Top New Films in Italian
Favolacce (D'Innocenzo Brothers, 2020) offers a somewhat degraded and dystopic view of contemporary family life in the outskirts of Rome, where the adults are imprisoned by petty bourgeois dreams and children are further trapped by adult frustrations and negativity. This Italy-Switzerland co-production won the Jury Prize at the 2020 Brussels International Film Festival and the Best Screenplay category at the Berlin Film Festival. English title: Bad Tales.
The marital drama Lacci (Daniele Lucchetti, 2020), based on Domenico Starnone's eponymous novel, is set in the 1980s and masterfully mixes the early and late phases of Aldo and Vanda's marriage and the short and long-term effects it has on their two children. The "shoelaces" or ties that bind thus lend themselves to many interpretations. Lacci (English title Ties) was selected to open the 77th Venice Film Festival.
Miss Marx (Susanna Nicchiarelli, 2020) is a biopic costume drama that recounts the short life and deep passions of social activist Eleanor Marx, departing from her father Karl Marx's death. Linking feminism and Socialism, Nicchiarelli anachronistically interweaves music, history and emotions to capture and express one woman's trajectory of change. The strong conscience of the director combined with heavy subject matter recalls, to some extent, Sofia Coppola's Marie Antoinette (2006).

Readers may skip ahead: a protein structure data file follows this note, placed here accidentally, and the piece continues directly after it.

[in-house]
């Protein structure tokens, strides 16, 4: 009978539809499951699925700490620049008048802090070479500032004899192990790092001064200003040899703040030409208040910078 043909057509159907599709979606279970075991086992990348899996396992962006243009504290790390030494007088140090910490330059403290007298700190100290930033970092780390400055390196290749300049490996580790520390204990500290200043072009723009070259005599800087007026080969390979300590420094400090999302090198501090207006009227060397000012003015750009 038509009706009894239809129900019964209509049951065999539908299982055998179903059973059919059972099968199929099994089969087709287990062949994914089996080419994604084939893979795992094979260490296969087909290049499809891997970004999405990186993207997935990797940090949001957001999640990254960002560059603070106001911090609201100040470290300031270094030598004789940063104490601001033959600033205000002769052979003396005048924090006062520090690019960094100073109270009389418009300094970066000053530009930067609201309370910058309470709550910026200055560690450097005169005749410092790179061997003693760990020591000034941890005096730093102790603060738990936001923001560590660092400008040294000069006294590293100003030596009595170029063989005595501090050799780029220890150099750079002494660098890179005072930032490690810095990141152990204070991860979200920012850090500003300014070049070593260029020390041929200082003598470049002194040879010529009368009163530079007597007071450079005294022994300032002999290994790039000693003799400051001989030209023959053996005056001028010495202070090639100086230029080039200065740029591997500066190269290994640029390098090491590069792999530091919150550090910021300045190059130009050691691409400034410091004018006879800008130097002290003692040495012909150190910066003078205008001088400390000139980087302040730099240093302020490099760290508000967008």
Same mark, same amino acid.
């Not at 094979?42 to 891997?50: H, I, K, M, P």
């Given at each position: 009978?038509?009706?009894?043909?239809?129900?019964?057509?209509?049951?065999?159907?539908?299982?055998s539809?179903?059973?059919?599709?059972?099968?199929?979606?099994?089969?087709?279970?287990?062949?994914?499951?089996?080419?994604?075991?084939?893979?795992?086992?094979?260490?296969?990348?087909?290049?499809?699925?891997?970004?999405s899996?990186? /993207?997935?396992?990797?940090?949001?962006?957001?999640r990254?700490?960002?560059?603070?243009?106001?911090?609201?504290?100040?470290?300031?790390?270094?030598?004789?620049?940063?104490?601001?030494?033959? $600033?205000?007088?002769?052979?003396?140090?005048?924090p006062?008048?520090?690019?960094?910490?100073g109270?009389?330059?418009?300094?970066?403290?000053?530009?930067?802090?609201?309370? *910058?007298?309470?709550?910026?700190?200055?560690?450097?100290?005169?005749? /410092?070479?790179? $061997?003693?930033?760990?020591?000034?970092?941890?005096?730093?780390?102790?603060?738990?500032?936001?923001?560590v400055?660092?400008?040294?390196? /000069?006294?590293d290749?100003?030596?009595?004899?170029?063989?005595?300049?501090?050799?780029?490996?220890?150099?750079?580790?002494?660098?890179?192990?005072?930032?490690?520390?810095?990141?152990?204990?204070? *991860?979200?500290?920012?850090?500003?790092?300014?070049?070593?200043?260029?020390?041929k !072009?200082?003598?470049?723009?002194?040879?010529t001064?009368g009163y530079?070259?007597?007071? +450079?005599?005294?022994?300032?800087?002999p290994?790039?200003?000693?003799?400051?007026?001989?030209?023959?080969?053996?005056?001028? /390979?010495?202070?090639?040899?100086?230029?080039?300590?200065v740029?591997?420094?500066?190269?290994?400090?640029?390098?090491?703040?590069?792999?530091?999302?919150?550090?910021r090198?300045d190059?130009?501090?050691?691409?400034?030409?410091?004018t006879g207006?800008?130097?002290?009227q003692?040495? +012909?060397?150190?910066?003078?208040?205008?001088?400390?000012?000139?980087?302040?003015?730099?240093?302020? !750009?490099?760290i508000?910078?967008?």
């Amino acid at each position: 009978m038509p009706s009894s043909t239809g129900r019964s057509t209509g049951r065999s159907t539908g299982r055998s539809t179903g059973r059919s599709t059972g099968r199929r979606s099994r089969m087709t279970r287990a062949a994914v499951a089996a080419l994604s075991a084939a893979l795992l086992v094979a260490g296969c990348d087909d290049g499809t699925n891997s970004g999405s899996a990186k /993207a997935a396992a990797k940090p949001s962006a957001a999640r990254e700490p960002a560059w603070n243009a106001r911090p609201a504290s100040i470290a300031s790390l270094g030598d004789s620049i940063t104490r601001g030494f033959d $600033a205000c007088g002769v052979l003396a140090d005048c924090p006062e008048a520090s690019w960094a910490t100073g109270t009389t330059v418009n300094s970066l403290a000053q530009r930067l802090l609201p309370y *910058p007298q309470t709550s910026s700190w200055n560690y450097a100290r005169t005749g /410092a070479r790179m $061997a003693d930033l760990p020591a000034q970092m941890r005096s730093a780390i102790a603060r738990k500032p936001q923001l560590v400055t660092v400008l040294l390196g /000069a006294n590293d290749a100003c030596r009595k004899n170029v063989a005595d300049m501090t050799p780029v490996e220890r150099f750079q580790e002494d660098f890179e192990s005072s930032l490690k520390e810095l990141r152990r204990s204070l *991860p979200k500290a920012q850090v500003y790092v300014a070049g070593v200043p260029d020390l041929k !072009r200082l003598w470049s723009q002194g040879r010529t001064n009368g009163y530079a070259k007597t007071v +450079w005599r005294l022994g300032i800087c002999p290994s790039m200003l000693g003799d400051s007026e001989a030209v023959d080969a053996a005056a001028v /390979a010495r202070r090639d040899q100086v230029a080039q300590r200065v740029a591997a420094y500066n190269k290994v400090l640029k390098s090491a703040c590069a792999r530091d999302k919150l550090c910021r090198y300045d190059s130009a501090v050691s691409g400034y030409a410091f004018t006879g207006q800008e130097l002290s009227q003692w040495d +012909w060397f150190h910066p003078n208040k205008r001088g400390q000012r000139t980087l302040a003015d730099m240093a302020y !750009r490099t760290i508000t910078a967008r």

For Hammamet (Gianni Amelio, 2020), Master Amelio collaborates with Alberto Taraglio to recount the last decade of life of Bettino Craxi, one of the most important and controversial Italian leaders of the 1980s. In this unique biopic-style perspective on his life of exile and luxury in Tunisia, the focus is on the politician's relationships with family, friends, and other questionable figures.
Taking place once again in the outskirts of Rome, thie semi-autobiographical film Maledetta primavera (Elisa Amoruso, 2020) recounts the events of a summer in the life of 14-year-old Nina and her dysfunctional family, as his father comes and goes between gambling wins. Nina is both challenged by and attracted to a new girl at school, Sirley (also the English title of the film), who hails from French Guinea and speaks only French. Is their bond real and legitimate or is it just a figment of Nina's imagination?
-- Colleen Ryan